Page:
How did this new album and overall concept for it come about, and what are your ultimate goals with it?
As I was finishing dental school at Howard University, I thought back on my undergraduate and graduate studies. Since day one, my professors told me to pick a career--music or dentistry. Pick one, not both. As I traveled across the country, flying from gig to gig and studying at 30,000 feet, I recognized that my professors had a point--a point I was determined to prove wrong. Despite the inherent challenge, I wanted to make an album while finishing dental school, and I wanted to do it on my own. Record labels and management did not fund or write this record. Every penny was earned playing gigs and doing studio work. Every note was written while reading books and pulling teeth. After graduation from dental school, I continued to mix and master this album while practicing dentistry professionally on Capitol Hill. Thus, realization. The realization that I can do both, and I did. On this album you won't hear fancy licks or overproduced tracks. You will hear music from my heart, music from my sweat, music from my soul. I hope you enjoy this record as much as I enjoyed creating it!
At what point in your life did you make the decision to become a professional musician and actually record your own albums?
Outside of your musical career, what else in your life gets you excited and fulfilled?
That would have to be my career as a dentist. Growing up I was always interested in medicine. I always would watch shows like MASH and ER wishing that I could be like them. It is a total dream come true to be a dentist. I love serving the community and the many people and personalities I come across. It is one of the fields of medicine that has instant gratification on both doctor and patient sides. I love treating people that have a phobia about the dentist and having them leave my office with a totally different point of view. VERY fulfilling.
What would be the most important piece of advice you’d impart to a young musician just starting out in the jazz/smooth jazz arena?
Well.....this question is kind of a grey area for me. On one hand I can say to always follow your dreams and aspirations because at the end of the day you have to be happy with your life's choices. On the other hand I must say that the music business is a very tough business. There are as many ups as there are downs and at times you can walk away very disappointed. There were many times I told myself that I am going to throw in the towel and never play again. It was only through lots of patience and believing in myself why I am still here today. So what I can tell them is to always do your best (because you never know who is listening) and keep banging on those doors till they open!!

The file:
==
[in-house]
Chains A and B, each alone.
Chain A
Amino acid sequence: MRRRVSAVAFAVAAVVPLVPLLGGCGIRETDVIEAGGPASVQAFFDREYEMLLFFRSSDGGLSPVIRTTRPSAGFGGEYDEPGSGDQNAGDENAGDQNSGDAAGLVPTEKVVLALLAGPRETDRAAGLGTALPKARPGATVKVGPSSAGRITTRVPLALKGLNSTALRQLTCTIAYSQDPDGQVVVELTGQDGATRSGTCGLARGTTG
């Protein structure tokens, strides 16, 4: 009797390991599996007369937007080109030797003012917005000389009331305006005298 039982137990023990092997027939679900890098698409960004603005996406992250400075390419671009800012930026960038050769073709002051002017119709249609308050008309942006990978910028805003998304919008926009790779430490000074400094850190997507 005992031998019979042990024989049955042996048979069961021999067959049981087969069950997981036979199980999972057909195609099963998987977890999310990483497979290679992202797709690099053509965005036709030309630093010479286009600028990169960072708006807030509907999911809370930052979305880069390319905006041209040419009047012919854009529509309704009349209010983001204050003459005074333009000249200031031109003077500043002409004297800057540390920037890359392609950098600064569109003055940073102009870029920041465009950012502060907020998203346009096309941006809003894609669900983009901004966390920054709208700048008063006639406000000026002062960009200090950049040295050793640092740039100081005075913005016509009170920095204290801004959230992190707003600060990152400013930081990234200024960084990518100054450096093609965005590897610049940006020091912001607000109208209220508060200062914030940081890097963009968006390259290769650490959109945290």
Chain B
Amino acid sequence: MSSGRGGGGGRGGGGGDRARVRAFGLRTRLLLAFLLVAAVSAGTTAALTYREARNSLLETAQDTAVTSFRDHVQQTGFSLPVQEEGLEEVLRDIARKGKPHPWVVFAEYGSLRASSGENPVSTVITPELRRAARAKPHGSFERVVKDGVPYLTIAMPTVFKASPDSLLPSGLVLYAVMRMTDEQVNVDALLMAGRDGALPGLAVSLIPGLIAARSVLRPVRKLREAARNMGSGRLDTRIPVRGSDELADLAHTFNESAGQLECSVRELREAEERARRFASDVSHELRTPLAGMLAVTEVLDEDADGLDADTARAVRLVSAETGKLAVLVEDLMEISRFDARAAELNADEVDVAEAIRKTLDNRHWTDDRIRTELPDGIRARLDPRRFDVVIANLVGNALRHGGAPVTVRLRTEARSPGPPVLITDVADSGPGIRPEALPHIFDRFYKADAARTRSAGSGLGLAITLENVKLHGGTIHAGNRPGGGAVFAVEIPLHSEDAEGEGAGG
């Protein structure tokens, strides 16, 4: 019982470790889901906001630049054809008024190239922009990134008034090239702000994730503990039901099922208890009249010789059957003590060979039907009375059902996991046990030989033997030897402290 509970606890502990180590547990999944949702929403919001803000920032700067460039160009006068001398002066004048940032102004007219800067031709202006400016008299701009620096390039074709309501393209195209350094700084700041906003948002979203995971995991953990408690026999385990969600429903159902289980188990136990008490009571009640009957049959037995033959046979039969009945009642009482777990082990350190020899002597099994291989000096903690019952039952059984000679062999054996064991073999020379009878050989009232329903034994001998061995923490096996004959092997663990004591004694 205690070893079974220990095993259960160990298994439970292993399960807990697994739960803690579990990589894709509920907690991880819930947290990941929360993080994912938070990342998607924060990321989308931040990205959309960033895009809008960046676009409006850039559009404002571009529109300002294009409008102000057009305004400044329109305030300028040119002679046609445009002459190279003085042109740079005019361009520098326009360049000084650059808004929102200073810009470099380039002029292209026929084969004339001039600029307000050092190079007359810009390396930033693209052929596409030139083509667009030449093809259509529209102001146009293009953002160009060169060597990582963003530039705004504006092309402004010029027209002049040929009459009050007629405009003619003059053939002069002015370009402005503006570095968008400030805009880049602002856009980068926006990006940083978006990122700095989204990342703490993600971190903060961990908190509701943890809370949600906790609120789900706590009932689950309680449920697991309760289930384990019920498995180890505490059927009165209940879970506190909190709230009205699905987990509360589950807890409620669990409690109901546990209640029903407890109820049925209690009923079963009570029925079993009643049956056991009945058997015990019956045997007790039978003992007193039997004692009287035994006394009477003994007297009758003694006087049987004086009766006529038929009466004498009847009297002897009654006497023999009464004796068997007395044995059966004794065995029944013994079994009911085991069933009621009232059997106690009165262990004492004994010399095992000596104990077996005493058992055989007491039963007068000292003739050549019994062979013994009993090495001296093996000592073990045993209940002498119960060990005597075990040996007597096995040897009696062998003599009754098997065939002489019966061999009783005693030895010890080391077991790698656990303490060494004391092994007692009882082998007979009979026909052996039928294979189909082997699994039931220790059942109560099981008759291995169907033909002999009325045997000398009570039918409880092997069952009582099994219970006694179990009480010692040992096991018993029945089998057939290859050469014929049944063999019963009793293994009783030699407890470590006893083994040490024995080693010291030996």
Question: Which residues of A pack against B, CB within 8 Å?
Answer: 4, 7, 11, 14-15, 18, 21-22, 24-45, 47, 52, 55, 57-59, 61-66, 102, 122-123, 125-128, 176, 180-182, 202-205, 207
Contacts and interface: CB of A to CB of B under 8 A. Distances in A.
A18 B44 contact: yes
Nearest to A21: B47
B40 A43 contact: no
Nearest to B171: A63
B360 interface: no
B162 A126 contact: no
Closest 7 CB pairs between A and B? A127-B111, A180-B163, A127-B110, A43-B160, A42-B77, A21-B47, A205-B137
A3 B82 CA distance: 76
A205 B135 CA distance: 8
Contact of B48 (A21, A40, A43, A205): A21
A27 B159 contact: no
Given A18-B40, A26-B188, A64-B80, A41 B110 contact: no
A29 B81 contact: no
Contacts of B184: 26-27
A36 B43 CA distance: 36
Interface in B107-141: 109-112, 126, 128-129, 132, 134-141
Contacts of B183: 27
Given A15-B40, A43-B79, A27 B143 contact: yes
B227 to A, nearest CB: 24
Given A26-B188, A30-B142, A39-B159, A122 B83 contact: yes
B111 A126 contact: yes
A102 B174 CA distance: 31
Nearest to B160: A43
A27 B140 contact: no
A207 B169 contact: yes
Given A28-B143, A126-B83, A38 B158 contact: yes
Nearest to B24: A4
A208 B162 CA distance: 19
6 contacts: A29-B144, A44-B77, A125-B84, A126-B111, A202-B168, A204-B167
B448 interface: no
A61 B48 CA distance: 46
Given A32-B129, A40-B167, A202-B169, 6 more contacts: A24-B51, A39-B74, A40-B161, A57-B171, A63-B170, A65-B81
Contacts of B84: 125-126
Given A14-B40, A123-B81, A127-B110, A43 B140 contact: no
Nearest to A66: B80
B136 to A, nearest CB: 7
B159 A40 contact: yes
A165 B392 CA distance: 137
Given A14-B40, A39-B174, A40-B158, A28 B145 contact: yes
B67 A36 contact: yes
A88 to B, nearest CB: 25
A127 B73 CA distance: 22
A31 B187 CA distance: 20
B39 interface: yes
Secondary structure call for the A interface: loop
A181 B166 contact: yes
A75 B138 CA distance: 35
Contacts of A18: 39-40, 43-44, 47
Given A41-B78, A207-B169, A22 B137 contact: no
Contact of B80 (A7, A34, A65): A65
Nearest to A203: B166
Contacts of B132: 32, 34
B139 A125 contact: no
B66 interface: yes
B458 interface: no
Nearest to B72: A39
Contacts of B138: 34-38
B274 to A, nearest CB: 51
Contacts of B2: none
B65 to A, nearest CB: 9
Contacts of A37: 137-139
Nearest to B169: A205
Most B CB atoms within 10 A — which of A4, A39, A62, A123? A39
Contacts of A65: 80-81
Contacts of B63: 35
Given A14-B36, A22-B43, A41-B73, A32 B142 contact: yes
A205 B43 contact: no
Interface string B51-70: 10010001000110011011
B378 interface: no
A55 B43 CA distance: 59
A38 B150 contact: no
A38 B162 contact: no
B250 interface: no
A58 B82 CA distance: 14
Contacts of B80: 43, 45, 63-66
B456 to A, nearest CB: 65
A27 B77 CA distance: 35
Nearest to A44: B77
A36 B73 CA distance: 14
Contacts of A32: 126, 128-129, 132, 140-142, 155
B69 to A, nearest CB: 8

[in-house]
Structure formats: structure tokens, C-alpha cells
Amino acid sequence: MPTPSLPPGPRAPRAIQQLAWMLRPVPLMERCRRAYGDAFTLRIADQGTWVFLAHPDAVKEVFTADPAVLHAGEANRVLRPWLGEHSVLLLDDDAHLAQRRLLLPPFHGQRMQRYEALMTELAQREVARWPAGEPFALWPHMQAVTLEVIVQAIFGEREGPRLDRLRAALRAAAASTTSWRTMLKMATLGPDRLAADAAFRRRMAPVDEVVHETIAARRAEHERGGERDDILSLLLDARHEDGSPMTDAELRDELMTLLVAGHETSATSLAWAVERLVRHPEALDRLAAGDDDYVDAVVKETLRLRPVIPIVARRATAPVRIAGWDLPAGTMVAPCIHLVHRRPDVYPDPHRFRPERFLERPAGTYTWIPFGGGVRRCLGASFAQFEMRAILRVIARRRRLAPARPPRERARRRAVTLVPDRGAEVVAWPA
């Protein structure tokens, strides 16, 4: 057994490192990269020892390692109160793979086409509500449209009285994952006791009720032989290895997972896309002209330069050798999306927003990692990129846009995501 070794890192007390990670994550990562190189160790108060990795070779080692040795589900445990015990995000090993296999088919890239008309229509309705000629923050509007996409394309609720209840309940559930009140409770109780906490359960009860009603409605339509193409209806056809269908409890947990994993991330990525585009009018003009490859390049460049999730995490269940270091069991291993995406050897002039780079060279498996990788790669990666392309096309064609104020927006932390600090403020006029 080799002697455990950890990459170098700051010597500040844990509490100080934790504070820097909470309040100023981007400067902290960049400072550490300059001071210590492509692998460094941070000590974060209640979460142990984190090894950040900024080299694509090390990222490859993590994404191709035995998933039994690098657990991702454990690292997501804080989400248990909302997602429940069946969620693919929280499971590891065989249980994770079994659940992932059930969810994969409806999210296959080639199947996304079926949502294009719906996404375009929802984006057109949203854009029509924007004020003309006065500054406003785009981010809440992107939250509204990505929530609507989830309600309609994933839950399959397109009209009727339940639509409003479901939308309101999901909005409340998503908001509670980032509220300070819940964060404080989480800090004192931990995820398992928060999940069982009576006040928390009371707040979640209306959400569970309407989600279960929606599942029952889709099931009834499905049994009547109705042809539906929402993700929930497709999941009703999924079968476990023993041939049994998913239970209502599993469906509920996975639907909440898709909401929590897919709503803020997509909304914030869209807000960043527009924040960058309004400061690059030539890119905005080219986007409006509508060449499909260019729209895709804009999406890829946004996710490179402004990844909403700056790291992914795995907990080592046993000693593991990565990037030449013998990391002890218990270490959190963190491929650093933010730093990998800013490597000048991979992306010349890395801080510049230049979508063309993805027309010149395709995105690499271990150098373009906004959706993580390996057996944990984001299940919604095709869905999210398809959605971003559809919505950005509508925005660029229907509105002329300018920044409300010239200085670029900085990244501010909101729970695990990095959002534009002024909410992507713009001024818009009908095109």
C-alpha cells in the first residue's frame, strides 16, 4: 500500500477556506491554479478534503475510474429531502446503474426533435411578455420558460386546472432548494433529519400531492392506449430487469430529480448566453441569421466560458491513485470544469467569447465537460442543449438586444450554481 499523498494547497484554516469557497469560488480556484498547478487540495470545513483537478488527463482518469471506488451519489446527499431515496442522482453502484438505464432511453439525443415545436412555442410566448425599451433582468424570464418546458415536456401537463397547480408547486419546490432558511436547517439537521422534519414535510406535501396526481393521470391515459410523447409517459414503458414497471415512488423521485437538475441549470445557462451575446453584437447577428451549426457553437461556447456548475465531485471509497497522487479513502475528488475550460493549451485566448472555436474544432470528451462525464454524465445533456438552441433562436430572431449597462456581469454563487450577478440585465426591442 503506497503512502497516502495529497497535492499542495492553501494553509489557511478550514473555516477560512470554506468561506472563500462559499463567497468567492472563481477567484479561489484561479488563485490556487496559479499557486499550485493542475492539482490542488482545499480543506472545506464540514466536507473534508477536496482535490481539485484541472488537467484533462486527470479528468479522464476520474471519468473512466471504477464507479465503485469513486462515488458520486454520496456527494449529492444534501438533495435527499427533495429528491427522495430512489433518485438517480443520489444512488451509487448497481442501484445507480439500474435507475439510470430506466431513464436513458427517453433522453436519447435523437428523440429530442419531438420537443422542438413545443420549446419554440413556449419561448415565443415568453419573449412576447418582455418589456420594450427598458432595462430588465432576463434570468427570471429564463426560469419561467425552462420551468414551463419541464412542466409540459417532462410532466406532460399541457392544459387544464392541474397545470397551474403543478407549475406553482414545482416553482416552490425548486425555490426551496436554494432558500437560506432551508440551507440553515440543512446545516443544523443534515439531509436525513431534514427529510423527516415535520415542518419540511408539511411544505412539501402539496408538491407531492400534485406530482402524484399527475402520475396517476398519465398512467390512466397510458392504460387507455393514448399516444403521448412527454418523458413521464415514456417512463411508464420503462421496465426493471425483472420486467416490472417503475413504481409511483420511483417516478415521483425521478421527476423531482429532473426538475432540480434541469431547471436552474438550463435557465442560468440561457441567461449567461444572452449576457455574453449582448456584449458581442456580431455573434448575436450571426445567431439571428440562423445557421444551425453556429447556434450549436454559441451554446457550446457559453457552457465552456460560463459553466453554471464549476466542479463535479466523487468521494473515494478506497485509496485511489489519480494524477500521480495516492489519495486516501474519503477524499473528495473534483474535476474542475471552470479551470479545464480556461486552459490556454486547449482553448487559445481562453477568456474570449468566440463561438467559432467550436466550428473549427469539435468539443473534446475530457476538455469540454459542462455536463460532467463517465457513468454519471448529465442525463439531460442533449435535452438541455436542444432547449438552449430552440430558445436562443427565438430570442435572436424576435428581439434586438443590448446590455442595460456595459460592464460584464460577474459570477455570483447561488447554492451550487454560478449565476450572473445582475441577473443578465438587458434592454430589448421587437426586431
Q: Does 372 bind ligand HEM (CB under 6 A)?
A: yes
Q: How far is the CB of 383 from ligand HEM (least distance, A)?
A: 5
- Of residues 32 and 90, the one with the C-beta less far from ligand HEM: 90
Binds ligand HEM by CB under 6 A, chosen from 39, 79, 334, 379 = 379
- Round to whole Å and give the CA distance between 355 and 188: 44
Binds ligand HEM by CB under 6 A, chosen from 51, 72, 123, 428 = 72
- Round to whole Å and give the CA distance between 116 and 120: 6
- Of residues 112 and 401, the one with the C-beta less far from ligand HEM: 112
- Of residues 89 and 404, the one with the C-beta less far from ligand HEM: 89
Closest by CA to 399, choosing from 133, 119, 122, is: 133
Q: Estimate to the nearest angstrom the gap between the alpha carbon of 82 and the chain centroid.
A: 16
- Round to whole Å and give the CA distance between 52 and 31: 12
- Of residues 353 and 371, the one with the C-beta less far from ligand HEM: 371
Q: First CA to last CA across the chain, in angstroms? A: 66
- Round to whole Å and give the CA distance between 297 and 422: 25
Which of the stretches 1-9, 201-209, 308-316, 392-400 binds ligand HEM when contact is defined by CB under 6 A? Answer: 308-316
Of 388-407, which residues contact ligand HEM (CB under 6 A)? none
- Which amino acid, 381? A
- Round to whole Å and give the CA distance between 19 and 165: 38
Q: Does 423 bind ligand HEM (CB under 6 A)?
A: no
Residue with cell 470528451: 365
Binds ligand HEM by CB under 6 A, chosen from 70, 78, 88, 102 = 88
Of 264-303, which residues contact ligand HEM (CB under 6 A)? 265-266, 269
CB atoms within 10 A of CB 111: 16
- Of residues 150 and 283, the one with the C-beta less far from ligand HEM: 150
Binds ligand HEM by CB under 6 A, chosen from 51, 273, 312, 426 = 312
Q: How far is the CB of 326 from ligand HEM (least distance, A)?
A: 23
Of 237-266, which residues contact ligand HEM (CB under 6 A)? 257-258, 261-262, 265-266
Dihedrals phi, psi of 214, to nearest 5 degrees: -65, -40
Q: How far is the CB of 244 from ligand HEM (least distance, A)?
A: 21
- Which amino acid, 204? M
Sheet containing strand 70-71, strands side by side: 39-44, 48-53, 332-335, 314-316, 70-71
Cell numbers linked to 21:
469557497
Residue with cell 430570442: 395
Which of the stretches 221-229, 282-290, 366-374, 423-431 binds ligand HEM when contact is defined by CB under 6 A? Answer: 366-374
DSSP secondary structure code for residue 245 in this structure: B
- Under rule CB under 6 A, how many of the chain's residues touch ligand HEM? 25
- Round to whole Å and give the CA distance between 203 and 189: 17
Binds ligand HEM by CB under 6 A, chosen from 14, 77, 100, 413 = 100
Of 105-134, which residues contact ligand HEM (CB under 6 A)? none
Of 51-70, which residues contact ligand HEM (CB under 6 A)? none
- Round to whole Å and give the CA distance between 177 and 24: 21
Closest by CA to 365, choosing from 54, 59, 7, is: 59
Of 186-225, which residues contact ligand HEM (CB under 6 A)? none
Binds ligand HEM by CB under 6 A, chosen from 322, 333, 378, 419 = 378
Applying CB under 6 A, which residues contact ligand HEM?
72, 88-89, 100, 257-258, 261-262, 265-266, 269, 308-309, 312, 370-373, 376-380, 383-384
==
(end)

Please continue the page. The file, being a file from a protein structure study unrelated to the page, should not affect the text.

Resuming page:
When the times arise for you give back for the success and abundance you enjoy, what kinds of opportunities do you look for?
I love serving the community! There have been many fundraisers and functions for non profits that I have donated my talents to. The most recent one that sticks out in my mind, though, is just last year when me and my whole dental group traveled to Jamaica to do pro bono dental work for a week. I must say that the conditions were very challenging. We worked in some of the poorest communities in Jamaica. Even made a stop at Tivoli (home of drug lord Dudus Coke)! It was very rewarding for me to help people in need; so much so, that we are doing it every year now.
What do you find to be the most challenging aspect of recording a new album?
That would definitely have to be money! LOL! If you are an independent artist like me, you do not have a label giving you an advance to pay for recording expenses like studio time, producers, mixing and mastering. Nor do you have a label throwing in money for marketing to get the word out. All you have are the funds in your bank account so you really have to tread water and choose wisely on what to spend your money on. Trust me when I say that one bad decision can cost you.... Take for instance, on Pride and Joy I had to mix it twice because I chose someone to mix the album that didn't really know what a saxophone was supposed to sound like. That one cost me thousands. You live and you learn though. It is all part of the business.